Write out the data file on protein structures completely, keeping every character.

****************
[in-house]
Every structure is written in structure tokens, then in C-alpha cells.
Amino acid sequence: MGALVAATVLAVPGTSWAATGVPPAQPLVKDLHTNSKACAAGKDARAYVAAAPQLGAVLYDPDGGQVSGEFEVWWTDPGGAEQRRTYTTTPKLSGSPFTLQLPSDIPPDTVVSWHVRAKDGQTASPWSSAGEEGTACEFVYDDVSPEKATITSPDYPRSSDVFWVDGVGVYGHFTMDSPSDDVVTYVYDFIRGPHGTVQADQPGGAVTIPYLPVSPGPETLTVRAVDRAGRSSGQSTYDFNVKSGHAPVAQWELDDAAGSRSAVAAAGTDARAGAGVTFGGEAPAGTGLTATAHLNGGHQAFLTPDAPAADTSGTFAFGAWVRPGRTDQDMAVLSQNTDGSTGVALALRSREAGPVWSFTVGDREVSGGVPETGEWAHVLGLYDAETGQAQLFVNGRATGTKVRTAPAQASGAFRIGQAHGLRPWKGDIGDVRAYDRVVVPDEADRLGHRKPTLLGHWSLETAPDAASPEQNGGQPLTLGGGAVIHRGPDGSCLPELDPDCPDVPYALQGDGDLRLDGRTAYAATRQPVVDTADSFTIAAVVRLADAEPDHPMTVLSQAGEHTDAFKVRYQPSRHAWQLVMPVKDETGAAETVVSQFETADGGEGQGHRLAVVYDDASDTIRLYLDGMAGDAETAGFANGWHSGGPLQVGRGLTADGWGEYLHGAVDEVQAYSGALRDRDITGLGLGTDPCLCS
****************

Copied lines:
[in-house]
Every structure is written in structure tokens, then in C-alpha cells.
Amino acid sequence: MGALVAATVLAVPGTSWAATGVPPAQPLVKDLHTNSKACAAGKDARAYVAAAPQLGAVLYDPDGGQVSGEFEVWWTDPGGAEQRRTYTTTPKLSGSPFTLQLPSDIPPDTVVSWHVRAKDGQTASPWSSAGEEGTACEFVYDDVSPEKATITSPDYPRSSDVFWVDGVGVYGHFTMDSPSDDVVTYVYDFIRGPHGTVQADQPGGAVTIPYLPVSPGPETLTVRAVDRAGRSSGQSTYDFNVKSGHAPVAQWELDDAAGSRSAVAAAGTDARAGAGVTFGGEAPAGTGLTATAHLNGGHQAFLTPDAPAADTSGTFAFGAWVRPGRTDQDMAVLSQNTDGSTGVALALRSREAGPVWSFTVGDREVSGGVPETGEWAHVLGLYDAETGQAQLFVNGRATGTKVRTAPAQASGAFRIGQAHGLRPWKGDIGDVRAYDRVVVPDEADRLGHRKPTLLGHWSLETAPDAASPEQNGGQPLTLGGGAVIHRGPDGSCLPELDPDCPDVPYALQGDGDLRLDGRTAYAATRQPVVDTADSFTIAAVVRLADAEPDHPMTVLSQAGEHTDAFKVRYQPSRHAWQLVMPVKDETGAAETVVSQFETADGGEGQGHRLAVVYDDASDTIRLYLDGMAGDAETAGFANGWHSGGPLQVGRGLTADGWGEYLHGAVDEVQAYSGALRDRDITGLGLGTDPCLCS